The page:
Olivia: As a reader, I felt that the videos helped me feel more connected with you, the author. Can you please talk about your experience of filming the videos? From a technical perspective, what resources did you use and what challenges came up in the process?

Lisa Langer, PhD: I’m so glad you felt the videos helped you connect to me. That was certainly the intention.

I used Zoom video for the recordings. I learned how to Zoom video myself as well as the people I interviewed who (all but one) were in a separate location. As a novice at technology, I was thrilled that I could record the 8 videos. Once filmed, I sent them to Tamara Monosoff, who is helping me launch the book, and she took it from there.

Structuring a mindfulness book to promote intimacy

Olivia: Each chapter is divided into a narrative section followed by a “Top 5 Questions” section. What do you think are the advantages of structuring the chapters in this way? And how did you decide on the questions?

Lisa Langer, PhD: The structure of the chapters promotes an intimacy. Beginning with the story of a real person, moving into a teaching piece and then answering the “Top 5 questions” was all designed to be an intimate, resourceful, practical guide. For the book, I interviewed people, sent out questionnaires, and reviewed evaluations that had been filled out for the course. From these, I developed the “Top 5 questions.”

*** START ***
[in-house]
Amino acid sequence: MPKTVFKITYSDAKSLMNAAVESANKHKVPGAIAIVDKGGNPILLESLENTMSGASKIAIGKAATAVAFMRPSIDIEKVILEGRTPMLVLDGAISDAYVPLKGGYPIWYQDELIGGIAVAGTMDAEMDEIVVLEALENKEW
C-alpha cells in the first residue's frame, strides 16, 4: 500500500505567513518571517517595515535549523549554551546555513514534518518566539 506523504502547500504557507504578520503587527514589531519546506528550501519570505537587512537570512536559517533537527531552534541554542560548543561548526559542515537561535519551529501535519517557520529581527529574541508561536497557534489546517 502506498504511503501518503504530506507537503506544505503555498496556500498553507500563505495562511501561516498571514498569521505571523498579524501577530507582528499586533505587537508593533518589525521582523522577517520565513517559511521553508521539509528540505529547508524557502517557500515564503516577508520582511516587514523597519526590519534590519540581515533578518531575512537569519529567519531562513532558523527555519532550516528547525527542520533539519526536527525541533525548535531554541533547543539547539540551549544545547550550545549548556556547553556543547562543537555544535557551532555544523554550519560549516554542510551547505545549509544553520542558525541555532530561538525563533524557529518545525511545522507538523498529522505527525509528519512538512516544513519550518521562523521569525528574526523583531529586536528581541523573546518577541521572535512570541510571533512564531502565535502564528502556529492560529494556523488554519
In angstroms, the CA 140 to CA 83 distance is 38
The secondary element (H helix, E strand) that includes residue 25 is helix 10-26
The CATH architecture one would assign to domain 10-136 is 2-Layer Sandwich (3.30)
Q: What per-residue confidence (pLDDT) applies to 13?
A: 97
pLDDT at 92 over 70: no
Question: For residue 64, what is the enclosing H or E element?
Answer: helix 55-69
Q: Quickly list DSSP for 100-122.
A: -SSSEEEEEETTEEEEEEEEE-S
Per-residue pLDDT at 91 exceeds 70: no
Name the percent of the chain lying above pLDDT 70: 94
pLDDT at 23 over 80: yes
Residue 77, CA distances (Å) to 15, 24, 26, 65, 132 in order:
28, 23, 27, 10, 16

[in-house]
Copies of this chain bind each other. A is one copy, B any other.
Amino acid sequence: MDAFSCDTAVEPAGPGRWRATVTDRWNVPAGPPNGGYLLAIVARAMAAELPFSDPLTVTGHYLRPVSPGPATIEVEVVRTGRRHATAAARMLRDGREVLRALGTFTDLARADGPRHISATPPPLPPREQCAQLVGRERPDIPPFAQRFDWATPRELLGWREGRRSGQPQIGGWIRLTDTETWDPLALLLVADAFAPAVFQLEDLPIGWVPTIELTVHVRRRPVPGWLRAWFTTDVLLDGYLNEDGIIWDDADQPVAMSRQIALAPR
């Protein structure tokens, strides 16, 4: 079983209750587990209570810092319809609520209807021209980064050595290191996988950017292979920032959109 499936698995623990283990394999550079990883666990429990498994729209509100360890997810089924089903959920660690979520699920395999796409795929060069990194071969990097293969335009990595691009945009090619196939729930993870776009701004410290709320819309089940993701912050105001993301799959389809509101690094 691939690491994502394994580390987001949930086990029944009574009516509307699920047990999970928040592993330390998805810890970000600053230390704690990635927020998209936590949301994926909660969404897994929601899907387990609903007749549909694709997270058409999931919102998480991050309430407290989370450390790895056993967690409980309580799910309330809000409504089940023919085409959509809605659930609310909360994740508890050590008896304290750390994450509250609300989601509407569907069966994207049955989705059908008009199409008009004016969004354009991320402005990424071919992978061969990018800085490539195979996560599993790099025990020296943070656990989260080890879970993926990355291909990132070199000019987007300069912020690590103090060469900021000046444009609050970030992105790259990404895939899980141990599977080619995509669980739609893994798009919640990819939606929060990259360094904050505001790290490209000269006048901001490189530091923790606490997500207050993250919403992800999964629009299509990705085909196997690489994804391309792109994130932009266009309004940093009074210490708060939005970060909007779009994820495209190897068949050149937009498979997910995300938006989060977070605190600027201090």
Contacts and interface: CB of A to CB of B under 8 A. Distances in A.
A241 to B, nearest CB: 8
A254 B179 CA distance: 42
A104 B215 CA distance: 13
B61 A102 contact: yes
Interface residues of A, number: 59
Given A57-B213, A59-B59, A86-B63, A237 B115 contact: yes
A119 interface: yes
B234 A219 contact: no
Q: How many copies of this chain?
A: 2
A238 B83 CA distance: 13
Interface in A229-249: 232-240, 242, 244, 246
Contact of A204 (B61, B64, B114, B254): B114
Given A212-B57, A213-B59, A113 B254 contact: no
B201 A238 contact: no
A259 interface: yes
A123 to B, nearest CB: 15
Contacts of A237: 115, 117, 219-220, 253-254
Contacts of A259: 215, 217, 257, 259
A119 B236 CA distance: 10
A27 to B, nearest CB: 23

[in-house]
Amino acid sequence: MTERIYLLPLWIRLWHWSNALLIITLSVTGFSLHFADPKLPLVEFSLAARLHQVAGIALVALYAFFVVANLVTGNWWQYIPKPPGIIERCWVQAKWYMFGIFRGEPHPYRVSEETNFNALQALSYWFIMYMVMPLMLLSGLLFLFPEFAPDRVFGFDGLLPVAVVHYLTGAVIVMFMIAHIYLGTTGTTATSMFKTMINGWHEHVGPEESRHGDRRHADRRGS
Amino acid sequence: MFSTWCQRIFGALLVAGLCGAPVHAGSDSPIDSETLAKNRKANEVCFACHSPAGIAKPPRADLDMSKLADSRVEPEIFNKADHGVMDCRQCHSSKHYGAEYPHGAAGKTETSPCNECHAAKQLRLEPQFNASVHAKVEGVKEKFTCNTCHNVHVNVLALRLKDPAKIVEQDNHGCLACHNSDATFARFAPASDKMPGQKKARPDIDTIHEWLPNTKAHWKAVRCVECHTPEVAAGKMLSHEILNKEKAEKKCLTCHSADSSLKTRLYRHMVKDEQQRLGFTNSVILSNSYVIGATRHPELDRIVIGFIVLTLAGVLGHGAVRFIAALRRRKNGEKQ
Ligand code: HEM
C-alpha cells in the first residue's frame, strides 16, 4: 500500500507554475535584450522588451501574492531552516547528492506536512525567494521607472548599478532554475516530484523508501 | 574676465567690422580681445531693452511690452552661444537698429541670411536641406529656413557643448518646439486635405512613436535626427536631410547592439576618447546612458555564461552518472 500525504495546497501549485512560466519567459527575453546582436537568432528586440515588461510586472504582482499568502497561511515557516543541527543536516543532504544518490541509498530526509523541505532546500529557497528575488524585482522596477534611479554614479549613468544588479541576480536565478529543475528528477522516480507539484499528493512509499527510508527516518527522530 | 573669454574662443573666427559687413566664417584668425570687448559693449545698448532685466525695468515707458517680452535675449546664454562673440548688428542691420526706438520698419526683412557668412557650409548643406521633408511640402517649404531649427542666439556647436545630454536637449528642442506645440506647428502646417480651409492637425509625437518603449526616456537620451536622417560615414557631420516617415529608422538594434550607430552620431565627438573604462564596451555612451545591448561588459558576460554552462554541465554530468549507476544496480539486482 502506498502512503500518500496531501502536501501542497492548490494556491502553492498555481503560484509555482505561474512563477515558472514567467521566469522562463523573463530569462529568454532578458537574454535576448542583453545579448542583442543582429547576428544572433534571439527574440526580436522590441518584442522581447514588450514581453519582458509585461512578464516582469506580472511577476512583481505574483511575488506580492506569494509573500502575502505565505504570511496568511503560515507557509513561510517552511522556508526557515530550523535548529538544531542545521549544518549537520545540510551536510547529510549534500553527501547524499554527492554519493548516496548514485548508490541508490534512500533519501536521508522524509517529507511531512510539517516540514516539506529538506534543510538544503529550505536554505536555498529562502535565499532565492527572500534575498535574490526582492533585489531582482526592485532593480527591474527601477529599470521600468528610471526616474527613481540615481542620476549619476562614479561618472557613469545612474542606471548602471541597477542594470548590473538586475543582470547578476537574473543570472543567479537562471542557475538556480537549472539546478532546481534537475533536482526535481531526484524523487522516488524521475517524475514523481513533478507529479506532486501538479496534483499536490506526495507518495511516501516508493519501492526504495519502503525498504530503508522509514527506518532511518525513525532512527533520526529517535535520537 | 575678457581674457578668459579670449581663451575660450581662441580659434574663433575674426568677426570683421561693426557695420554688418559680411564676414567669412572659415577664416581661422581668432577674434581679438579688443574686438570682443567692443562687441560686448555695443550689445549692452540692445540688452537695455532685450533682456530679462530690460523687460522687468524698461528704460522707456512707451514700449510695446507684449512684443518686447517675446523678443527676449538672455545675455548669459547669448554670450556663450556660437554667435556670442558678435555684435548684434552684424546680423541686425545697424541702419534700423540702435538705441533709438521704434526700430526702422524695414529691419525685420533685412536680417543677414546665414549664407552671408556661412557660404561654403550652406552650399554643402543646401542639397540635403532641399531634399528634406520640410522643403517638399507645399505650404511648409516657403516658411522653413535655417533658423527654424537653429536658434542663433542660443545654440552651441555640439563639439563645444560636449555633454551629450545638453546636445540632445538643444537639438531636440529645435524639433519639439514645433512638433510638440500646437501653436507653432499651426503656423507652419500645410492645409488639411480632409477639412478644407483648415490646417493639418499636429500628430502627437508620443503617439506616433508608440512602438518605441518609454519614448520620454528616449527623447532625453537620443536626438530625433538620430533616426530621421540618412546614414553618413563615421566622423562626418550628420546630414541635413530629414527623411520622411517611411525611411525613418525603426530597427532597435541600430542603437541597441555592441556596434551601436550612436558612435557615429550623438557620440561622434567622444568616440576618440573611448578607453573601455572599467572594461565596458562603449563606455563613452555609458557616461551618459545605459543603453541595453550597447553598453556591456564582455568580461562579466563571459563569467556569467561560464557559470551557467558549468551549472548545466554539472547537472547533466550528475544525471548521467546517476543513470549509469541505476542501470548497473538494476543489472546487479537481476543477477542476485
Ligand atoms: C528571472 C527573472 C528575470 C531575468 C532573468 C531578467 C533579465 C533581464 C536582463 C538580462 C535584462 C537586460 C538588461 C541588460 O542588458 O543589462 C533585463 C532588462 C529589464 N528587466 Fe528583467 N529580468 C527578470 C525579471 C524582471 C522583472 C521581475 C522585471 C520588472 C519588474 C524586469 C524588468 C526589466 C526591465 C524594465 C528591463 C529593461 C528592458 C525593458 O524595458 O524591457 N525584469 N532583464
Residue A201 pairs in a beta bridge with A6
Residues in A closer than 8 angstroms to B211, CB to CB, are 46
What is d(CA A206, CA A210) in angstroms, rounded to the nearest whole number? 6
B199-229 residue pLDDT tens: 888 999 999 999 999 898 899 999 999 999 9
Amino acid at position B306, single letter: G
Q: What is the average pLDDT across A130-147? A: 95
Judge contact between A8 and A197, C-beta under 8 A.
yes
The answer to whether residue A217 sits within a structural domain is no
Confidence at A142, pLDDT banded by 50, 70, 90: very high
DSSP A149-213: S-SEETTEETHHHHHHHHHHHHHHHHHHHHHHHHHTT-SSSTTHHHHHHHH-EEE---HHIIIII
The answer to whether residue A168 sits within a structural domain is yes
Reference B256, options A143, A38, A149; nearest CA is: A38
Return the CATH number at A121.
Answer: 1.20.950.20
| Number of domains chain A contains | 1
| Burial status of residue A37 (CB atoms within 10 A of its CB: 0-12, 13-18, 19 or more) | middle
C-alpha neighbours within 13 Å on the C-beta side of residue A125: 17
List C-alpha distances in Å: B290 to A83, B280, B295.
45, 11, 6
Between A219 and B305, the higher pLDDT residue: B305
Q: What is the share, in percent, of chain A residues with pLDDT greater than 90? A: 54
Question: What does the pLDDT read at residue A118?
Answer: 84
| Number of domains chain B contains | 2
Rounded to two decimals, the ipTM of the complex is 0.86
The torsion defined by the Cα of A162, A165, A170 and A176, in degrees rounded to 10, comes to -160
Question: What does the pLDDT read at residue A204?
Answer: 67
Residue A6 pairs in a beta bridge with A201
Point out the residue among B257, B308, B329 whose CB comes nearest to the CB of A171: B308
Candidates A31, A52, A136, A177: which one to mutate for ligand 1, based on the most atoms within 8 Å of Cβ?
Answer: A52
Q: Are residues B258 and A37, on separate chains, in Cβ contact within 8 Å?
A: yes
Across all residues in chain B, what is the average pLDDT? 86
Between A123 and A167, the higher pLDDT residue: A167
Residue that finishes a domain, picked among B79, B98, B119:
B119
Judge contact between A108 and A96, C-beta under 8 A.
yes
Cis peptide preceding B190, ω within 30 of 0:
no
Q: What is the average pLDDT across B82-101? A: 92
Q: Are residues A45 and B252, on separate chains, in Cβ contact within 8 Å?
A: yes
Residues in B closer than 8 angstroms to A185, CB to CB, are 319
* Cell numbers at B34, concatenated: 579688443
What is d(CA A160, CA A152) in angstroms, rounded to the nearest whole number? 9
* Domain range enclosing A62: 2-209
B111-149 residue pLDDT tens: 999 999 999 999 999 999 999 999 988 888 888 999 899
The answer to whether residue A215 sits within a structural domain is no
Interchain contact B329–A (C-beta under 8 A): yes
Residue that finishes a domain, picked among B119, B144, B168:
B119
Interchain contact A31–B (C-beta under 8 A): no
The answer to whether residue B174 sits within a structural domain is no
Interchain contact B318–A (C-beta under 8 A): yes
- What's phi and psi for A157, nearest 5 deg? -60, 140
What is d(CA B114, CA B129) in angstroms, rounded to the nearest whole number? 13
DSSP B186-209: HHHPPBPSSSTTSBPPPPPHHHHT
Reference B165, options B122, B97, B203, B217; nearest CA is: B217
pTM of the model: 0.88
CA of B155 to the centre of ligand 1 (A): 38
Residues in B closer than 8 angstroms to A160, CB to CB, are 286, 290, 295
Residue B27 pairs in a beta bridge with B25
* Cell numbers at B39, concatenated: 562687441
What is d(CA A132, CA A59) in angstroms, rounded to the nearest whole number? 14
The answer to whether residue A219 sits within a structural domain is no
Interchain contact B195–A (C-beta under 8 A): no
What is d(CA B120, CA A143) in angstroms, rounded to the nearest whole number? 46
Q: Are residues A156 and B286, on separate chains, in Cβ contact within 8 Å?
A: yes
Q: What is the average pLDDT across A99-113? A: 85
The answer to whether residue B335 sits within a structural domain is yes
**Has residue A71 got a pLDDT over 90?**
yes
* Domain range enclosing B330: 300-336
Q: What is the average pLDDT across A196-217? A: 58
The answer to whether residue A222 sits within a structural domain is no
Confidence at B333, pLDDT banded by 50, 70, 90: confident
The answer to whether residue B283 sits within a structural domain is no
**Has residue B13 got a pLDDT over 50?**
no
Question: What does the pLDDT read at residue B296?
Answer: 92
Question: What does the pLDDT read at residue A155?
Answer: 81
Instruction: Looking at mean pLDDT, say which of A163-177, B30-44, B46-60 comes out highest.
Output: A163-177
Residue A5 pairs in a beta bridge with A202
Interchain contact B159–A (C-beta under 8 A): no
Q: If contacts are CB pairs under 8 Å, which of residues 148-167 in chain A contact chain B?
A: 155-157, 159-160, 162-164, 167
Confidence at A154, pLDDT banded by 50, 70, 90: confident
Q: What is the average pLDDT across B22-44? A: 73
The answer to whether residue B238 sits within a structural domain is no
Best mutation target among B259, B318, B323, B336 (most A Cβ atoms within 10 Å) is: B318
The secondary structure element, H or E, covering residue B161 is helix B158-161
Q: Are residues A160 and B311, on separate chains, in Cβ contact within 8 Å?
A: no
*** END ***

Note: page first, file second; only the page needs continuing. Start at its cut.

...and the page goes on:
Gathering information through interviews and questionnaires Tweet This

Olivia: That sounds like a rigorous process. How did you develop the interviews and questionnaires, and what kinds of questions did you ask? Did people respond with enough information right away, or did you need to follow up for more detail? Most importantly, do you have any tips for eliciting details when conducting interviews?

Lisa Langer, PhD: I utilized the questionnaires that participants in the MBSR course complete at the halfway (4-week) point and then at the end of the course.

Here are some of the sample questions:
  • Please describe your overall experience of the course and what discoveries you’re making in all the mindfulness meditation practices.
  • Talk about the time you are making to practice and challenges/obstacles to practicing
  • When I am practicing and challenges arise, I …
  • What have you learned about yourself as a result of meditating.
  • What additional support would you like
  • How will you keep mindfulness alive for yourself after the 8 weeks.

Tips for effective interviewing Tweet This

When I personally interviewed people 6 months to 2 years post course, I simply asked open ended questions about where they were currently with respect to both mindfulness and their meditation practice. As a psychologist, I am a trained interviewer and simply followed the train of each person’s offering.
For purposes of the book, I was most interested in where they were after the course, how they kept the practice alive, how they met with obstacles and challenges that always arise when meditating, and what they would like in a resource guide that could be helpful.